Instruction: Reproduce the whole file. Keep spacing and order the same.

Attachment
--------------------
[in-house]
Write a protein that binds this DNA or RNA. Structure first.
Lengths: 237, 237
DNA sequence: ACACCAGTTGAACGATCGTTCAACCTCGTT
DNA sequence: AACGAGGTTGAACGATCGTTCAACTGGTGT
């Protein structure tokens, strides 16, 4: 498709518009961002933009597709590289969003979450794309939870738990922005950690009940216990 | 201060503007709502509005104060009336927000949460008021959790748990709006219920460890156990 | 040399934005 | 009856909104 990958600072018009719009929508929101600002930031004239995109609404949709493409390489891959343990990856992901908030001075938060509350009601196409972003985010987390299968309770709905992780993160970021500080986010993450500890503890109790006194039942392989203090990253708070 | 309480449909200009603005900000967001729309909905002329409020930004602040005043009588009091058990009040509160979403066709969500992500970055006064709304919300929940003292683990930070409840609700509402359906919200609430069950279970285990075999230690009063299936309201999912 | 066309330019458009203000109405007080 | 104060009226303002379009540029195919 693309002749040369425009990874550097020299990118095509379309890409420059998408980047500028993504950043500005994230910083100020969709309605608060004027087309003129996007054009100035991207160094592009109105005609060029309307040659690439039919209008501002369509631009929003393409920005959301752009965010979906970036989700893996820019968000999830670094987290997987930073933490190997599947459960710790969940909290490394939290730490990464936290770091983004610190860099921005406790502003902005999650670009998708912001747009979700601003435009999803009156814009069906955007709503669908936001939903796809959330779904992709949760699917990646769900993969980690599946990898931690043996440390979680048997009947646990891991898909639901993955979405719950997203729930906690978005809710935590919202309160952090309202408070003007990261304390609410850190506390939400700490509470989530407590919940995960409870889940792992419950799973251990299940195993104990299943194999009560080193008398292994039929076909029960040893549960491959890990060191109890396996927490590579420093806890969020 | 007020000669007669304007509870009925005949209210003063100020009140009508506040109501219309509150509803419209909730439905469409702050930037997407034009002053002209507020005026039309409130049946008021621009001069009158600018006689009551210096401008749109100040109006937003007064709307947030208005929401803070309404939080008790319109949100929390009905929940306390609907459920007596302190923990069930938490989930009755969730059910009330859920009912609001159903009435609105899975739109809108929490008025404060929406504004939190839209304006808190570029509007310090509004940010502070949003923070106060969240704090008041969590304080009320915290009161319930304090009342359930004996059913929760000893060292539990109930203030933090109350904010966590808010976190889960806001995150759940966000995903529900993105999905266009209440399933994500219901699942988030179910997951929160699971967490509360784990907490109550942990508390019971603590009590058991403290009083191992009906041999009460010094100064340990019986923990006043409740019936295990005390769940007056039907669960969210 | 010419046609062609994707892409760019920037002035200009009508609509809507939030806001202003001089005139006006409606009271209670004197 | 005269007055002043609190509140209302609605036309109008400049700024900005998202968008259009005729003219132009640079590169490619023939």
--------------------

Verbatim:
[in-house]
Write a protein that binds this DNA or RNA. Structure first.
Lengths: 237, 237
DNA sequence: ACACCAGTTGAACGATCGTTCAACCTCGTT
DNA sequence: AACGAGGTTGAACGATCGTTCAACTGGTGT
């Protein structure tokens, strides 16, 4: 498709518009961002933009597709590289969003979450794309939870738990922005950690009940216990 | 201060503007709502509005104060009336927000949460008021959790748990709006219920460890156990 | 040399934005 | 009856909104 990958600072018009719009929508929101600002930031004239995109609404949709493409390489891959343990990856992901908030001075938060509350009601196409972003985010987390299968309770709905992780993160970021500080986010993450500890503890109790006194039942392989203090990253708070 | 309480449909200009603005900000967001729309909905002329409020930004602040005043009588009091058990009040509160979403066709969500992500970055006064709304919300929940003292683990930070409840609700509402359906919200609430069950279970285990075999230690009063299936309201999912 | 066309330019458009203000109405007080 | 104060009226303002379009540029195919 693309002749040369425009990874550097020299990118095509379309890409420059998408980047500028993504950043500005994230910083100020969709309605608060004027087309003129996007054009100035991207160094592009109105005609060029309307040659690439039919209008501002369509631009929003393409920005959301752009965010979906970036989700893996820019968000999830670094987290997987930073933490190997599947459960710790969940909290490394939290730490990464936290770091983004610190860099921005406790502003902005999650670009998708912001747009979700601003435009999803009156814009069906955007709503669908936001939903796809959330779904992709949760699917990646769900993969980690599946990898931690043996440390979680048997009947646990891991898909639901993955979405719950997203729930906690978005809710935590919202309160952090309202408070003007990261304390609410850190506390939400700490509470989530407590919940995960409870889940792992419950799973251990299940195993104990299943194999009560080193008398292994039929076909029960040893549960491959890990060191109890396996927490590579420093806890969020 | 007020000669007669304007509870009925005949209210003063100020009140009508506040109501219309509150509803419209909730439905469409702050930037997407034009002053002209507020005026039309409130049946008021621009001069009158600018006689009551210096401008749109100040109006937003007064709307947030208005929401803070309404939080008790319109949100929390009905929940306390609907459920007596302190923990069930938490989930009755969730059910009330859920009912609001159903009435609105899975739109809108929490008025404060929406504004939190839209304006808190570029509007310090509004940010502070949003923070106060969240704090008041969590304080009320915290009161319930304090009342359930004996059913929760000893060292539990109930203030933090109350904010966590808010976190889960806001995150759940966000995903529900993105999905266009209440399933994500219901699942988030179910997951929160699971967490509360784990907490109550942990508390019971603590009590058991403290009083191992009906041999009460010094100064340990019986923990006043409740019936295990005390769940007056039907669960969210 | 010419046609062609994707892409760019920037002035200009009508609509809507939030806001202003001089005139006006409606009271209670004197 | 005269007055002043609190509140209302609605036309109008400049700024900005998202968008259009005729003219132009640079590169490619023939």